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review 2019-03-17 19:22
The Weathermonger
The Weathermonger - Peter Dickinson


I haven't finished a book in almost two weeks. It feels unnatural, and The Weathermonger is not to blame, but not a single book could keep my attention over the last 10 days. I miss the rest I can usually get from reading.

Anyway, I read this was actually written and published first, with the other books being prequels, and I kind of would have liked to see it that way. There are some things that are being explained in the Weathermonger which make that the other books make more sense. However, I also sort of see why the publisher would switch the order, because some part of the excitement will be spoiled this way.

There are once again two new main characters who are forced to flee to France, only to be immediately sent back to England in order to spy and search for what has been causing the changes. What they will uncover is some much sought after explanation for what has been going on in the other two books. I liked this one best, it felt slightly less cut and closed as the previous two books and the start especially I found gripping.

I think I would recommend starting with this one.

Thanks to the publisher and Netgalley for providing me with a free copy of this book in exchange for an honest review!

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review 2019-03-06 20:26
Heartsease
Heartsease - Peter Dickinson

This second book in the Changes Trilogy is set five years after the first, but follows a different set of characters. The Changes have become more grounded is this book and there is a whole generation emerging for whom this life is becoming the norm.

The society is one built on fear. When an American spy is caught, he is stoned as a Witch and left for dead. A couple of youngster conspire to help him escape from Britain, still mysteriously the only country affected by this apocalypse.

I liked this part a bit better than the first. It felt less dated, and the world seemed a little bit more explained, although many questions remain. The story is also rather concise, since it is not very long and like I noticed in The Devil's Children, the book has a very closed and neat end, which seemed a bit too simple after what happens in the book.

Thanks to the publisher and Netgalley for providing me with a free copy of this book in exchange for an honest review!

 

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This was my read for square 7. Author's last name begins with the letters A, B, C, or D.

Since the author is Peter Dickinson, I get to roll 2 dice.

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review 2019-03-06 20:16
The Devil's Children
DEVIL'S CHILDREN (Changes Trilogy) - Peter Dickinson

I don't know what to think about these books. I was unfamiliar with the series, but came across it on Netgalley when a new ebook version of the entire trilogy was published. What I didn't realize was that the books had first been published in the late 60s.

And I have to admit that to me this first novel The Devil's Children felt rather outdated. It had some interesting ideas and some themes that remain relevant today (xenophobia; a country whose inhabitants have lost their minds and isolated themselves from all other countries and all technology (looking at you, Brexit)), but it ultimately fell flat on many of the same aspects.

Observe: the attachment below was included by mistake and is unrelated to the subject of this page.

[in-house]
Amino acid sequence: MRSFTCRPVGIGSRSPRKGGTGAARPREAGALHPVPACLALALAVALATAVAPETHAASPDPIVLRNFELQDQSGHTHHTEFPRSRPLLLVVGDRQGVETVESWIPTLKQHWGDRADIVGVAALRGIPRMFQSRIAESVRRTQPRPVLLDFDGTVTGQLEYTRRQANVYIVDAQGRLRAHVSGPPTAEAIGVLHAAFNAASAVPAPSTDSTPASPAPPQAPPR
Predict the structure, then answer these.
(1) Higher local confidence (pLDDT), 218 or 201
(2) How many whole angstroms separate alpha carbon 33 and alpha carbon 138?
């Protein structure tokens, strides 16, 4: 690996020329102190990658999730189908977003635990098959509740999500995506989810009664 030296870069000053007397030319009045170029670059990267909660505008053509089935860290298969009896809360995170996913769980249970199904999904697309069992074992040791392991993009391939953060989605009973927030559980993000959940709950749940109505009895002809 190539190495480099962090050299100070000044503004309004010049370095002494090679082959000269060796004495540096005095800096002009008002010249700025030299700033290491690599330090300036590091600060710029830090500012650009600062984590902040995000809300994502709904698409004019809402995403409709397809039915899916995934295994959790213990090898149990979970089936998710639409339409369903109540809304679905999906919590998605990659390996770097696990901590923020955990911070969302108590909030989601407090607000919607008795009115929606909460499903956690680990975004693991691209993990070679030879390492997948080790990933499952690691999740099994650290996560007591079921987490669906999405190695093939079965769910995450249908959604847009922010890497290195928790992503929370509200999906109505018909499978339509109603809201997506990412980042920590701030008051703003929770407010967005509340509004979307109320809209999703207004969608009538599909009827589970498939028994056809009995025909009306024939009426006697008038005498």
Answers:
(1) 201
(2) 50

All Britons have developed an overnight fear for everything with machines or technology and are reverting back to pre-industrial times. Nicky joins a group of Sikhs who are looking for a new place to stay.

What was so strange about this particular apocalypse was that it was a) confined to Britain, b) had some very special rules about what was allowed and what not in terms of technology. Evacuation of the island seemed fine. Also immigrants were not affected by this plague and we are not given a clue as to how the apocalypse came to be. The story was wrapped up a bit too smoothly for my liking, and book two features different characters, so I think this ends Nicky's story.

Thanks to the publisher and Netgalley for providing me with a free copy of this book in exchange for an honest review!

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review 2015-03-30 00:00
Death of a Unicorn
Death of a Unicorn - Peter Dickinson Not this one; too slow and irritating. Try another.
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review 2015-02-26 16:42
The Yellow Room Conspiracy - Peter Dickinson

Nearing the end of their lives, an elderly couple decides to bring up the question they have always avoided: How did you kill Gerry?

Yes, the same question from both Paul and Lucy. Turns out they have each spent decades believing the other to be responsible. But if it wasn't either of them, then...?

I thought this was a very interesting hook, and Dickinson's writing really pulled me in. However, there is a LOT of lead-up before we get anywhere near the meat of the mystery, and although it was nicely complicated I quickly grew tired of the narrators' voices and if the long series of meaningless affairs engaged in by the main characters and their sisters (I think inspired by the Mitfords) and friends. That's not moral prudery, I just found it uninteresting as a spectator to hear about the joyless personal lives of a bunch of unlikable people having it off with other unlikable people, who mostly don't even appear to like one another or be having any fun. Why they bothered beat me.

Still, a smart book, different from the run-of-the-mill mystery. I'll have a look at his other novels and see if any of them look more to my taste.

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